C Rpg is used as a criterion in determining whether the noise is large enough to cause an error. During defect simulation. interconnects have different sets of drivers and receivers. this process estimates noise for each of the N wires. VOL. C24 . B. defects are injected by perturbing coupling capacitance values in the parameter file. other crosstalk error effects can be estimated and generated. All models are simulated in a commercial HDL simulator.1358 IEEE TRANSACTIONS ON COMPUTER-AIDED DESIGN OF INTEGRATED CIRCUITS AND SYSTEMS. is. C23 . the larger a crosstalk noise will be generated. When any input event occurs. 23. Instead. SEPTEMBER 2004 TABLE I ERROR CRITERION FOR DIFFERENT CROSSTALK ERRORS Fig. C13 . and the input pattern is V: 0010 ! 0101. 6(a). The flowchart of an HDL coupling defectsimulation process is shown in Fig. which contains information about coupling capacitances and Cth values of all faults for each receiver. 5. one wire at a time. Coupling defects can be pregenerated and stored in a defect library. and C34 . 5 shows an example of the high-level coupling defect-simulation methodology. SPICE simulation is used to calibrate the Cth values. an appropriate number of coupling defect-simulation models will be inserted to replace the original interconnect signals. two coupling defect-simulation processes will be needed. For different communication directions of the bus. the coupling defect simulation process will be activated. Coupling defect-simulation models are used for a bidirectional bus between cores A and B. Table I shows the error criteria and digitized error effects for all types of crosstalk errors considered in this interconnect coupling defect simulation model. For example. 9. In the HDL-simulation environment. High-Level Defect Simulation Methodology The interconnect coupling defect simulation model is implemented in HDL and a high-level coupling defect-simulation methodology is developed. The noise effects are evaluated and digitized. each coupling defect-simulation model is a process that monitors input events on the corresponding bus interface.” a positive glitch error effect will occur on the victim’s receiver. For a set of interconnects. The high-level defect-simulation methodology enables various test solutions to be evaluated and simulated together with register-transfer level (RTL) and gate-level models in a complex SoC Fig. The coupling defect simulation model estimates noise effects and generates digitized crosstalk errors. C14 . NO. we do not explicitly check the crosstalk error conditions of g and Vth . High-level interconnect coupling defect simulation. Similarly. Hence. e is compared with the threshold capacitance Cpg0th . then we have CC 1t CRpg = ( CR C 12 0 C C 13 pg0th + C 14 ) : (11) If pg is equal to or larger than 1 and the original driving signal on the victim is stable logic “0. After all the . suppose the coupling capacitances between wire1–4 are C12 . The upper part (surrounded by the dotted line) of Fig. For bidirectional buses. Hence. For an N -wire bus. two coupling defect-simulation models are needed. 5 shows the inputs and outputs of a coupling defect-simulation model. Each coupling defect-simulation model is configured by a physical parameter file.

To assess the quality of the coupling defect-simulation model. The high-level simulation methodology facilitates efficient defect simulations and test-methodology evaluations. the summation value of the perturbed coupling capacitances was used as the Cth for the delay error on the receiver. In the first ( ) (1t) . The high-level simulation methodology needs to be calibrated only once using SPICE with layout-extracted parasitic parameters. Threshold capacitances were calibrated by SPICE simulations. 6. Four vector pairs were randomly selected as input stimulus. Instead of recording test vectors. . perturbation ranges and random input vectors. We will examine the quality of the coupling defect-simulation model by focusing on crosstalk-induced delay errors on wire 3 in the six-wire bus. test vectors were applied to activate all the coupling capacitances collectively to generate a rising delay on wire 3. and then transferring SPICE outputs back to HDL simulator. Table III shows the experimental results with a design margin 5%. 9. and coupling defects to be simulated in an integrated environment. The pseudocode of the noise-estimation process is shown in Fig. the high-level coupling defect-simulation methodology allows software (memory image). Flowchart of HDL coupling defect simulation process. Since process variations may cause coupling capacitances to be larger than expected. A SPICE netlist was extracted from layout using IC station and Calibre [25]. Using SPICE simulation. both SPICE-based [10] and the proposed coupling defect simulation methods were used to evaluate a set of random vectors. A parameterized template of the bidirectional coupling defect-simulation model has been developed that enables simulation of a bus with arbitrary bus-width. Hence. The value of the coupling capacitances was incrementally increased until the crosstalk-induced delay becomes large enough to cause an erroneous data on the output of the receiver. SEPTEMBER 2004 1359 Fig. performing SPICE simulation. Simulations were conducted with design margins from 5% to 15% and perturbation ranges from 10% to 30% (process parameters can vary as much as 630% [22]). 23. VOL. Then. The experiments were conducted on a six-wire bus (with drivers and receivers). Then. (a) Flow chart. This design tolerance to accommodate process variations and small defects is called design margin. VALIDATION The high-level crosstalk-defect simulation methodology has been validated by extensive SPICE simulations. 6(b). SLACK (1t) AND C TABLE II FOR DIFFERENT DESIGN MARGINS TABLE III MATCHING PERCENTAGE BETWEEN HSPICE RESULT AND DEFECT-SIMULATION MODEL (DESIGN MARGIN 5%) N wires are processed. NO. crosstalk-defect simulation can be performed iteratively using HDL simulators. the digitized error effects are assigned as new events to the HDL simulator. IV. and the corresponding Table II shows the largest tolerable delays threshold capacitances Cth for different design margins (from 0% to 15%). These events will then generate output waveforms on the bus interfaces at the receiver end. After the calibration. designers may leave some degree of slack to tolerate extra delay and noise.IEEE TRANSACTIONS ON COMPUTER-AIDED DESIGN OF INTEGRATED CIRCUITS AND SYSTEMS. the defect-coverage evaluation process speeds up tremendously. hardware (HDL modules like embedded processor). coupling capacitance threshold values can be calibrated for different design margins. (b) Pseudocode. In our experiments. we performed extensive simulation with different design margins.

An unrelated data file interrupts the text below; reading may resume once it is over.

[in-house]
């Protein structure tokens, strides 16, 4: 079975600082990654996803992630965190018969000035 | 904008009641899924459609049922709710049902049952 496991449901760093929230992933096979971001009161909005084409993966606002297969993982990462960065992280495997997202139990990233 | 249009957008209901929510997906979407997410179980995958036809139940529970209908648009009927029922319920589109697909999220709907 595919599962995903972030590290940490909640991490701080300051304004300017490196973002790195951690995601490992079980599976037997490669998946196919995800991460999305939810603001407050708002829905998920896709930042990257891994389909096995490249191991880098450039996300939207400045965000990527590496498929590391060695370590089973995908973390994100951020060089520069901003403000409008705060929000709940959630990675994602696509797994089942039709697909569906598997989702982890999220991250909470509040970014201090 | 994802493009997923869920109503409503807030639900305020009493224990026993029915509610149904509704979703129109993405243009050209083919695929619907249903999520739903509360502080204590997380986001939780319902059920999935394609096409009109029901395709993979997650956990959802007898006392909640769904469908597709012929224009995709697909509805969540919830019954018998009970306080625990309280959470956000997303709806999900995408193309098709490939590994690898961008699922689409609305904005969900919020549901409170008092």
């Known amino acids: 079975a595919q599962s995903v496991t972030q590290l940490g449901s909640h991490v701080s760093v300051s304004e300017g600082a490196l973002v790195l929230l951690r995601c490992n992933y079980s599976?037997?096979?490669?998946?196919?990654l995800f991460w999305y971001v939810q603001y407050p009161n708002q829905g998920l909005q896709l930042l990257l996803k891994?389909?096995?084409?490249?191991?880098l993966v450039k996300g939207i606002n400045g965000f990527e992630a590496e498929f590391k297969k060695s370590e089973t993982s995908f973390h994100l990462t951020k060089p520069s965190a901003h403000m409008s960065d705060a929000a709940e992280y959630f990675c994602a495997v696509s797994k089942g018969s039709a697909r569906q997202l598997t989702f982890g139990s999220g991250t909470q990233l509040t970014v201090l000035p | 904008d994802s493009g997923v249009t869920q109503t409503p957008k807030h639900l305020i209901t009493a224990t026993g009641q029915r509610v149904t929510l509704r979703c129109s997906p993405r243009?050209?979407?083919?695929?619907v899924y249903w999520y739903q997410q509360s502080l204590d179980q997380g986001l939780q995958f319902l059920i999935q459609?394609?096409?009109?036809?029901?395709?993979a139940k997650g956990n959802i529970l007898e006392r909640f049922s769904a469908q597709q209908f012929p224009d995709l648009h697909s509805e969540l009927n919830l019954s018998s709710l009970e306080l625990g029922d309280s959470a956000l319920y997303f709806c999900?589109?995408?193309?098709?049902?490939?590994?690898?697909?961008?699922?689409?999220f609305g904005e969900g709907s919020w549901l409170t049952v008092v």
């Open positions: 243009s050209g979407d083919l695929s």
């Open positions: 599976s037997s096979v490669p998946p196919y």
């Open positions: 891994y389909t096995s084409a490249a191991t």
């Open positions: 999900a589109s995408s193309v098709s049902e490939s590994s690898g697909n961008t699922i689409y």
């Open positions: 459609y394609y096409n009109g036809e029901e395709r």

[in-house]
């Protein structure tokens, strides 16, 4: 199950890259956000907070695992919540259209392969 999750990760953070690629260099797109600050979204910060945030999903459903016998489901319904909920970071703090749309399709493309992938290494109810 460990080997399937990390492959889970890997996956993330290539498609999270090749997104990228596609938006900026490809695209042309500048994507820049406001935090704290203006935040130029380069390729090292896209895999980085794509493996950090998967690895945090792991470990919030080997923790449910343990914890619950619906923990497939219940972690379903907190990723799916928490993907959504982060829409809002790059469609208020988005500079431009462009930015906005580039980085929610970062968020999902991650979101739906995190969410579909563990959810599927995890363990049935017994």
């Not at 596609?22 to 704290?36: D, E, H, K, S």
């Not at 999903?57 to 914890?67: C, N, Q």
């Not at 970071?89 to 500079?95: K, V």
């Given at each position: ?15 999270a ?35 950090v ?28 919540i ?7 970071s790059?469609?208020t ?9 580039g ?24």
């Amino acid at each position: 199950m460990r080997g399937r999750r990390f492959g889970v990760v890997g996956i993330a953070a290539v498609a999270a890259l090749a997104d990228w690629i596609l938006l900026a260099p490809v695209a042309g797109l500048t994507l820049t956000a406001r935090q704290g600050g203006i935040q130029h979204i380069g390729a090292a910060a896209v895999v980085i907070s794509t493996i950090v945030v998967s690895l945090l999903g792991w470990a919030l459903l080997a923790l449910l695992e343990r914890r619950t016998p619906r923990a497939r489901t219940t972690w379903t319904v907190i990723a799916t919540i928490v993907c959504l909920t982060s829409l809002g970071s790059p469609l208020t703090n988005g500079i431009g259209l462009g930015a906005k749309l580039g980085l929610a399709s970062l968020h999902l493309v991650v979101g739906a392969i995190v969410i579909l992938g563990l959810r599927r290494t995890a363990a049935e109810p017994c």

” in Proc. Gupta.” in Proc. Nevertheless. [5] K. 2000. Int. “Crosstalk minimization in three-layer HVH channel routing. [4] Z. However. “Self-test methodology for at-speed test of crosstalk in chip interconnects... pp. Dey. Diamonds represent inaccurate results and stars represent accurate results (matching with SPICE simulation). [8] H. 13. Chen.” in Proc.-T. H. 1998. “Global routing with crosstalk constaints. Stohr. T. [16] Y. hardware (HDL modules). S. and J. CONCLUSION In this paper.” in Proc. 1998. and J. Design VLSI Comput..” IEEE Trans. Marek-Sadowska. “+” represents a rising transition. Zhao and S. and Y. It enables software (memory image). 1998. Cuviello. [7] K. J. Alt. Nordholz.” IEEE Trans. including validating a BIST methodology for crosstalk errors [15].8% of the coupling defect-simulation model’s outputs match with the SPICE simulation results. Eur. C. Neves. The high-level crosstalk defect simulation . The matching rate was 99% for one set of simulations with a perturbation range 30% and vector v2 . Design Automation Conf. inaccuracy is introduced. SEPTEMBER 2004 TABLE IV MATCHING PERCENTAGE BETWEEN HSPICE RESULT AND DEFECT-SIMULATION MODEL (DESIGN MARGIN 10%) Fig. A. 94–99. Design Automation Conf. VOL. 76–81. pp.1360 IEEE TRANSACTIONS ON COMPUTER-AIDED DESIGN OF INTEGRATED CIRCUITS AND SYSTEMS. Chen and I. The average matching rate was 98. methodology has been applied to various test solutions.. Kinoshita. Computer-Aided Design.” in Proc. Kawaguchi and T. pp. and K. Liou. “Delay and noise formulas for capacitively coupled distributed RC lines. 1999. pp. A. 1993.-J. The proposed crosstalk defect simulation methodology is efficient and scalable. J. Krstic. Dey. D. 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[18] A.2% of detailed (layout extracted) SPICE simulations. Dec. 2) the ability to abstract parameters which define the power consumption in arrays for a given implementation style. 18th IEEE VLSI Test Symp. Index Terms—Estimation. we propose a methodology for accurate estimation of power dissipation in CMOS-based arrays using a high-level description of the design. the need for reducing power consumption has become a serious issue as these devices operate at maximum tolerance levels. • Conduct “what–if” studies on the effects that implementation changes may have on power. 7.. pp. L. pp. “Fig. as follows.” in Proc. [22] B. 1991–1999. B. VLSI Syst. Electron. high-level power estimation. The remainder of the paper is organized as follows. that model power dissipation in SRAM-based arrays accurately based on a high-level description of the array.” in Proc. vol. M. which contains microarchitecture-level parameters and subblock circuit-implementation styles of the array structures. which rely on a battery for operation and. the level of detail in the design increases. heat-removal systems in a switch farm have a fixed capacity and.. Deutsch et al. implementation styles. and J. For desktop computing. the focus has either been toward modeling at the microarchitectural level or modeling through characterization after the availability of transistor level design. Dey. E. pp. dutt@cecs. and 3) a methodology to generate accurate power models based on these parameters at a higher level in the design flow. [21] IC Station User’s Manual. For these industrial designs. 2003. H. This technology provides designers with the ability to perform a wide variety of tasks. Dey. Ismail. 2. Gupta.khouri@ motorola. “Timing analysis of combinational circuit including capacitive coupling and statistical process variation.edu). there is a need for accurate power models which bridge the gap between the microarchitecture level models and characterization-based models. and 3) evaluating the effect of memory bit-cell dimensions on array power. no. • Conduct accurate power-dissipation studies for new process technologies to better understand the impact a new transistor may have on a design. Array structures. [25] IC Station User’s Manual. This paper was recommended by Associate Editor M.1109/TCAD. SEPTEMBER 2004 1361 [17] A. I.IEEE TRANSACTIONS ON COMPUTER-AIDED DESIGN OF INTEGRATED CIRCUITS AND SYSTEMS. Similarly. University of California. We apply the tool in three different scenarios: 1) identifying the subblocks that contribute to power significantly. and M. tag arrays. models at the transistor level. X.. Motorola Inc. Section II summarizes the related work in the area of array-power modeling and estimation. To meet the stringent power constraints. The models are parameterized by the array operations and various technology dependent parameters. and Magdy Abadir Abstract—While array structures are a significant source of power dissipation. 19. 2000. TX 78729 USA (e-mail: kamal. Nikil Dutt. Bai.uci. vol. • Generate highly accurate power models for register transfer level (RTL) design-space exploration. 0278-0070/04$20. [24] K.00 © 2004 IEEE . vol. M. CA 92697 USA (e-mail: maheshmn@cecs. As we go down in the design hierarchy. vol. 16. 442–449. [19] Y. 2003. Section III provides a brief background in array structures IDAP: A Tool for High-Level Power Estimation of Custom Array Structures Mahesh Mamidipaka. Abadir are with the High-Performance PowerPC Platforms Group. Design Automation Conf.” in Proc. Version v8. Sekar and S. Friedman. In this paper. “When are transmission-line effects important for on-chip interconnections?. 45. such as register files..s of merit to characterize the importance of on-chip inductance. pp. 1 shows the typical design flow for custom memory structures. We present a methodology and a tool. S. Choi and D. and caches consume up to 70% of the overall power in a SoC [4]. we focus on the dynamic power estimation in CMOS-based array structures. Muddu. Computer-Aided Design.” IEEE Trans.com). The main contributions of this work are: 1) the ability to represent various organization and implementations of arrays. are available only in the latter stages of the design cycle. Computer-Aided Design. branch-target buffers. decoder-style type (static CMOS or dynamic CMOS based) etc.” J. avoid time-consuming SPICE simulations. Sinha.2004. 9. Int. 2) evaluating the effect of bitline-voltage swing on array power. Kahng and S. in the network-processor domain. Khouri and M. without the need to redesign at the transistor-level. m. pp. this is the first attempt which tries to bridge this gap. K. 2001.. IDAP generates high-level estimates for dynamic power dissipation that are accurate with an error margin of less than 22. and hence. I. 1997. revised December 15. hence.. 49–54. hence. Conf. 113–123. Chen. While performance has traditionally been the main driver for high-end desktop and network processors. Kamal Khouri. 23. [23] L. Although there has been a sizable body of work on power estimation in array structures (Section II summarizes this research). Market demand for portable electronics has driven the need for low-power devices. lower yields and higher cooling-system costs increase the overall cost of the system. pp. A. NO. 2003. Testing: Theory Applicat. leading to more accurate estimates.uci.. while accurate. 1991–1999. It has also been shown that caches alone consume up to 40% of total power [9]. Mamidipaka and N. 1999.” IEEE Trans. On the other hand. such as sense-amplifier type (differential or inverter based). “Validation and test generation for oscillatory noise in VLSI interconnects. Models at the microarchitectural level lack accuracy because of the nonavailability of design-specific information. INTRODUCTION Many factors have contributed to the increased demand for lowering power consumption in today’s semiconductor designs. it is important to obtain power estimates at each level of design hierarchy. there is a lack of accurate high-level power estimators that account for varying array circuit implementation styles.edu. Irvine. In this paper. Mentor Graphics. “An analytical delay model for RLC interconnects. G. Breuer. 1836–1846. 1997. “LI-BIST: A low-cost self-test scheme for SoC logic cores and interconnects. Walker. and was supported in part by the National Science Foundation under Grant CCR 0203813. Austin. Digital Object Identifier 10. “Testing for interconnect crosstalk defects using on-chip embedded processor cores. 289–296. Manuscript received July 24. pp.com. the aim is to increase the lifetime of the battery between recharges. 1507–1513.833609 1e500 is the Motorola processor core that is compliant with the PowerPC Book E architecture.7_3. Fig. The methodology is generic and the IDAP tool has been validated on industrial designs across a wide variety of array implementations in the e5001 processor core.” IEEE Trans. Neves. Microwave Theory Tech. implementationdependent array power (IDAP). a limit is imposed on the number of processors that can be placed on a single board. Oct. To the best of our knowledge. Dutt are with the Center for Embedded Computer Systems. 1999. [20] A. 317–320. This work was done in collaboration with Motorola Inc. and S. Hence. K. Pedram. VOL.abadir@motorola. the implementation-dependent array power (IDAP) estimator.